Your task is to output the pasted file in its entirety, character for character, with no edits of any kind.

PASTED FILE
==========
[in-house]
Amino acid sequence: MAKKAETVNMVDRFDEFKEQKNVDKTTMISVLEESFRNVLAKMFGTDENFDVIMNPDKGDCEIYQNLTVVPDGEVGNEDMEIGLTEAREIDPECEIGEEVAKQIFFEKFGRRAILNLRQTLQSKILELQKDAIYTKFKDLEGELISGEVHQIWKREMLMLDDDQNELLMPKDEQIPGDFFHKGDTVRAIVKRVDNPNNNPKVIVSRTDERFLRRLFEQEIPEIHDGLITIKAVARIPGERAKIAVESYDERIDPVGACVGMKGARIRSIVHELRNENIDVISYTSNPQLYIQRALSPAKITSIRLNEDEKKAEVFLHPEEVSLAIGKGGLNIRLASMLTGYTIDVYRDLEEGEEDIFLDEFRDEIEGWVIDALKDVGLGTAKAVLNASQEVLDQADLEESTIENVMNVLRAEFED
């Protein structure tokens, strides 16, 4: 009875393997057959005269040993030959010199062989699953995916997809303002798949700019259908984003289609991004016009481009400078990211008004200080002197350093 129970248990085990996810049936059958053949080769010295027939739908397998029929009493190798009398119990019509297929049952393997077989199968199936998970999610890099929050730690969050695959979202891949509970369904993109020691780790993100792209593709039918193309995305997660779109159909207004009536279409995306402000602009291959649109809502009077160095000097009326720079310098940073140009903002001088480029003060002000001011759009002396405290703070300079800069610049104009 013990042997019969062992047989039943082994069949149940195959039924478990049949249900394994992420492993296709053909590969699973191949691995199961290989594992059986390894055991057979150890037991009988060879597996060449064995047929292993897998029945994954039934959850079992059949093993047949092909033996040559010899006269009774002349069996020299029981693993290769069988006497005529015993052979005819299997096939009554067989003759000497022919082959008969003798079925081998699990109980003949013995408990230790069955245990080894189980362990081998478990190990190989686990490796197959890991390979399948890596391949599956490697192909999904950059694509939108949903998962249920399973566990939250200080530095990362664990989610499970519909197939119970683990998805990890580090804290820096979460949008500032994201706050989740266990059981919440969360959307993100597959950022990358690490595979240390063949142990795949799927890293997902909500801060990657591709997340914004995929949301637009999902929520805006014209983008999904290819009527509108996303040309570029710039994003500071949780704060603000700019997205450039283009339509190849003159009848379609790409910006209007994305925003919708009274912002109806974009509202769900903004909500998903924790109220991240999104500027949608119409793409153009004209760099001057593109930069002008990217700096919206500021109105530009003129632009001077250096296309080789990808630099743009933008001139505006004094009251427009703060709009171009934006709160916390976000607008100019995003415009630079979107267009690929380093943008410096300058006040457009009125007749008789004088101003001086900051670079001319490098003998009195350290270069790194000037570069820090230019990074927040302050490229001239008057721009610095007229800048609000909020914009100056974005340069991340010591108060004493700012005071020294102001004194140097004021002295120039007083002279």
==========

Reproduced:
[in-house]
Amino acid sequence: MAKKAETVNMVDRFDEFKEQKNVDKTTMISVLEESFRNVLAKMFGTDENFDVIMNPDKGDCEIYQNLTVVPDGEVGNEDMEIGLTEAREIDPECEIGEEVAKQIFFEKFGRRAILNLRQTLQSKILELQKDAIYTKFKDLEGELISGEVHQIWKREMLMLDDDQNELLMPKDEQIPGDFFHKGDTVRAIVKRVDNPNNNPKVIVSRTDERFLRRLFEQEIPEIHDGLITIKAVARIPGERAKIAVESYDERIDPVGACVGMKGARIRSIVHELRNENIDVISYTSNPQLYIQRALSPAKITSIRLNEDEKKAEVFLHPEEVSLAIGKGGLNIRLASMLTGYTIDVYRDLEEGEEDIFLDEFRDEIEGWVIDALKDVGLGTAKAVLNASQEVLDQADLEESTIENVMNVLRAEFED
């Protein structure tokens, strides 16, 4: 009875393997057959005269040993030959010199062989699953995916997809303002798949700019259908984003289609991004016009481009400078990211008004200080002197350093 129970248990085990996810049936059958053949080769010295027939739908397998029929009493190798009398119990019509297929049952393997077989199968199936998970999610890099929050730690969050695959979202891949509970369904993109020691780790993100792209593709039918193309995305997660779109159909207004009536279409995306402000602009291959649109809502009077160095000097009326720079310098940073140009903002001088480029003060002000001011759009002396405290703070300079800069610049104009 013990042997019969062992047989039943082994069949149940195959039924478990049949249900394994992420492993296709053909590969699973191949691995199961290989594992059986390894055991057979150890037991009988060879597996060449064995047929292993897998029945994954039934959850079992059949093993047949092909033996040559010899006269009774002349069996020299029981693993290769069988006497005529015993052979005819299997096939009554067989003759000497022919082959008969003798079925081998699990109980003949013995408990230790069955245990080894189980362990081998478990190990190989686990490796197959890991390979399948890596391949599956490697192909999904950059694509939108949903998962249920399973566990939250200080530095990362664990989610499970519909197939119970683990998805990890580090804290820096979460949008500032994201706050989740266990059981919440969360959307993100597959950022990358690490595979240390063949142990795949799927890293997902909500801060990657591709997340914004995929949301637009999902929520805006014209983008999904290819009527509108996303040309570029710039994003500071949780704060603000700019997205450039283009339509190849003159009848379609790409910006209007994305925003919708009274912002109806974009509202769900903004909500998903924790109220991240999104500027949608119409793409153009004209760099001057593109930069002008990217700096919206500021109105530009003129632009001077250096296309080789990808630099743009933008001139505006004094009251427009703060709009171009934006709160916390976000607008100019995003415009630079979107267009690929380093943008410096300058006040457009009125007749008789004088101003001086900051670079001319490098003998009195350290270069790194000037570069820090230019990074927040302050490229001239008057721009610095007229800048609000909020914009100056974005340069991340010591108060004493700012005071020294102001004194140097004021002295120039007083002279």